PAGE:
"They got a quick slant early [a 24-yarder to Massaquoi on the Browns' second play from scrimmage]," Asomugha said. "I was playing off. Once we got away from that [and played primarily press coverage], we got into a groove. It felt good.
"I can't really tell you there were too many mistakes. Our coverage was good. Our communication was good. We were making plays on the ball.
"It was good."
Asomugha and Rodgers-Cromartie aren't going to get too carried away.
They realize that was a rookie quarterback they were going up against Sunday, even if his birth certificate says he's 28.
They'll face a considerably stiffer test this weekend when they face the Ravens' Joe Flacco.
"We talk about being able to create turnovers, and we were able to do that," Castillo said.
They also were able to shut down the Browns' ground game. While they gave up 99 rushing yards, 35 of them came on a second-quarter reverse to Benjamin and another 25 came on an end-of-the-half scramble by Weeden. They held Richardson to 39 yards on 19 carries.
Ryans, the Eagles' heralded offseason acquisition who had not played particularly well in the preseason, spearheaded the Eagles' run defense Sunday and had a team-high five tackles.
"We did a good job [against the run]," he said. "They got out on us with that reverse. But otherwise, it was a solid effort. You game plan every week to stop the run. We knew they wanted to get Trent going early. Everybody was just getting to the ball. There weren't any big holes or anything."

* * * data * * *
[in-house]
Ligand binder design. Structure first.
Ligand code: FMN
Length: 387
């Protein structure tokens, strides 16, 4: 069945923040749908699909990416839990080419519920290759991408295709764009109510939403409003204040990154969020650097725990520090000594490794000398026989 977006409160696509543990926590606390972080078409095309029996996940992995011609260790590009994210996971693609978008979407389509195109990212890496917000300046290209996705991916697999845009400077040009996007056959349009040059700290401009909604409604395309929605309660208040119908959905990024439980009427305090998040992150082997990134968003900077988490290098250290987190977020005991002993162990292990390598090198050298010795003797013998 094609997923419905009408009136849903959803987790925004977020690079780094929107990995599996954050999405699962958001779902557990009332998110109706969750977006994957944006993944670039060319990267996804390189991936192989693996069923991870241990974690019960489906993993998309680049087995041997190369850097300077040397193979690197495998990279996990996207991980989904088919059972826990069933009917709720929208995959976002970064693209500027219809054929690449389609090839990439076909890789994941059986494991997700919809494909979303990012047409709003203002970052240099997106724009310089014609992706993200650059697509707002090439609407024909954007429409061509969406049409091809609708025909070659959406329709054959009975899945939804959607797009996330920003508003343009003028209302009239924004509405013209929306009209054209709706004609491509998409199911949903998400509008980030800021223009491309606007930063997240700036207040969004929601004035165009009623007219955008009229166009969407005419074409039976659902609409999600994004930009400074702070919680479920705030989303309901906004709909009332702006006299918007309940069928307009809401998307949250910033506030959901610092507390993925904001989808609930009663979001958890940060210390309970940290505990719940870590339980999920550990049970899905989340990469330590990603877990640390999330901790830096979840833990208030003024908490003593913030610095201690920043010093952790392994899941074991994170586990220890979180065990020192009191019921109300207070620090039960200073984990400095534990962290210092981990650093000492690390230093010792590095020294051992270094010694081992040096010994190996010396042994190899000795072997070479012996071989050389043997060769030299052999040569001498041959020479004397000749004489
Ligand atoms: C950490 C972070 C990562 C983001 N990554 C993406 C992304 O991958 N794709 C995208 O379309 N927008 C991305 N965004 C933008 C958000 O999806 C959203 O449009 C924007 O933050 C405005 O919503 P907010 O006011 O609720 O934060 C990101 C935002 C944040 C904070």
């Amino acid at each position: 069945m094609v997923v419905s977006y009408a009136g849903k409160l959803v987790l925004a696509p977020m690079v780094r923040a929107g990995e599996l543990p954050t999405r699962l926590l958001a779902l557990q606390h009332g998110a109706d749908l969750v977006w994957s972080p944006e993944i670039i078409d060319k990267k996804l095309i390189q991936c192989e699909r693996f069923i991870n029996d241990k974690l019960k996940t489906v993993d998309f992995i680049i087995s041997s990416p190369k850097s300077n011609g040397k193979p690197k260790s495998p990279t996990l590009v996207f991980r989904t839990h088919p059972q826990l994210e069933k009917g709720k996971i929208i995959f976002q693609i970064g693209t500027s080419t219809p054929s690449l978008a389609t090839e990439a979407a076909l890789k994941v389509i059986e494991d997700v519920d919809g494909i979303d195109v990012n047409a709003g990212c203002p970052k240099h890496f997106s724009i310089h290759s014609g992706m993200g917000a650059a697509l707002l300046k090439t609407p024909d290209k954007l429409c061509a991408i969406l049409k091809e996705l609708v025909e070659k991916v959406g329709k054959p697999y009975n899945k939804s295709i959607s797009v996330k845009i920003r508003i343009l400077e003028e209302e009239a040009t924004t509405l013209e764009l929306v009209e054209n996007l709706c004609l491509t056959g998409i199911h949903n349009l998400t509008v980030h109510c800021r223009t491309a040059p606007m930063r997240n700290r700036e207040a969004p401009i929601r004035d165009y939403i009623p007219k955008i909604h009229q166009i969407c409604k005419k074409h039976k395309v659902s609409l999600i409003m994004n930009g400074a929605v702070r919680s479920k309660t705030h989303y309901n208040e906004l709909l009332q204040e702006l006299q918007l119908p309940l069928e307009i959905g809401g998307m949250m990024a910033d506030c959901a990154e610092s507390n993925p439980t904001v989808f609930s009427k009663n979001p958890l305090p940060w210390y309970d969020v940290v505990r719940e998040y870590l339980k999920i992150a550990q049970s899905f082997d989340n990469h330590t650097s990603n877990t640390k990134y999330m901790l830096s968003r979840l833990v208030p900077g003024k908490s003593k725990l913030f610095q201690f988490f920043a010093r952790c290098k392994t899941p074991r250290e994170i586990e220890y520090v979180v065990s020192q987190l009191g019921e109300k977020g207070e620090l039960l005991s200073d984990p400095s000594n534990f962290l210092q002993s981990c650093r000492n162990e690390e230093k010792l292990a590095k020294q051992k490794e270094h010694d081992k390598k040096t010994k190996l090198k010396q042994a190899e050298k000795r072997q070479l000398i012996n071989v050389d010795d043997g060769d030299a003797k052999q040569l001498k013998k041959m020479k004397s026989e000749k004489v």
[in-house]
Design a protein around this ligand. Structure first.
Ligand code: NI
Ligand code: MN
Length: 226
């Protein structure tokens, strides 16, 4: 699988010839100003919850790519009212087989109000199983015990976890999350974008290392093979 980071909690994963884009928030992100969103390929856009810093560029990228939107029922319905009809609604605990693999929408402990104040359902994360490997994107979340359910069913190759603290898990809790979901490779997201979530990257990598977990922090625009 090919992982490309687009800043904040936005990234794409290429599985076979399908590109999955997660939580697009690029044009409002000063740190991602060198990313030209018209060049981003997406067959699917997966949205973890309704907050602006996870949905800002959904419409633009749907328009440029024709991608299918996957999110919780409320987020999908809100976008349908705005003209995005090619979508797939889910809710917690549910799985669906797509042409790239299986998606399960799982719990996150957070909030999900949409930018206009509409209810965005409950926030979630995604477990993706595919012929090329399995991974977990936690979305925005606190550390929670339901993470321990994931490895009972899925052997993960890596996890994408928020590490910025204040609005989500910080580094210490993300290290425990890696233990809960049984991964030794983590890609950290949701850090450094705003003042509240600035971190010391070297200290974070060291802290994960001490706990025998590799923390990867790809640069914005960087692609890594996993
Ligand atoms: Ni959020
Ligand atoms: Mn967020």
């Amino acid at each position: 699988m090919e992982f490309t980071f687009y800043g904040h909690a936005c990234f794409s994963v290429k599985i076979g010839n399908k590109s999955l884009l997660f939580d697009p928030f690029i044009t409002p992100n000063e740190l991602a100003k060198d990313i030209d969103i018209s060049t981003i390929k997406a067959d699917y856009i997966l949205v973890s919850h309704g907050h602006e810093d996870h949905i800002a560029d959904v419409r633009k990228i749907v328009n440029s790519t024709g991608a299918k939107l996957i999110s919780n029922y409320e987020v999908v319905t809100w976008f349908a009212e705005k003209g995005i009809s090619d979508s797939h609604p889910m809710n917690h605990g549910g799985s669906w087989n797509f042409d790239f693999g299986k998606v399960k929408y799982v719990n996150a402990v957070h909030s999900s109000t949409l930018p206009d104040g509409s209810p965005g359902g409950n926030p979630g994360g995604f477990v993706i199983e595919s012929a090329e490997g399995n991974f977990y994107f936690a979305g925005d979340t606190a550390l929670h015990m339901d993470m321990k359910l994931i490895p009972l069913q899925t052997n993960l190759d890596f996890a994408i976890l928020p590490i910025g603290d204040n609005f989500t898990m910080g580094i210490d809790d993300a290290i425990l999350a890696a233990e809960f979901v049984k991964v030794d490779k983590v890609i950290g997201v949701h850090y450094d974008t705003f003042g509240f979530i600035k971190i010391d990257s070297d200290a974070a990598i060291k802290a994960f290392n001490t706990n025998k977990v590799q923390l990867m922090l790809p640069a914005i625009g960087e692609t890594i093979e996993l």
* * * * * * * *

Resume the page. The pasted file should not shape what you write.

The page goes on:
Eagles coach Andy Reid had indicated on Friday that he was going to use all six of his linebackers, which seemed to be a reflection on Ryans, who was brought in to be a three-down middle linebacker. But Ryans seldom left the field Sunday.
"They're a good run team," Reid said. "They've got a heckuva running back. I thought Juan dialed it up right and our guys got right up in there and played well at the line of scrimmage. The d-line and the linebackers, I thought they just controlled things the right way up there and made it tough for them to run."
"DeMeco is a football player," Castillo said. "All of the OTAs really helped us. It gave us an opportunity to work on fundamentals.
"But it takes time. We had some time to work with these guys and it's paying off."
Contact Paul Domowitch at firstname.lastname@example.org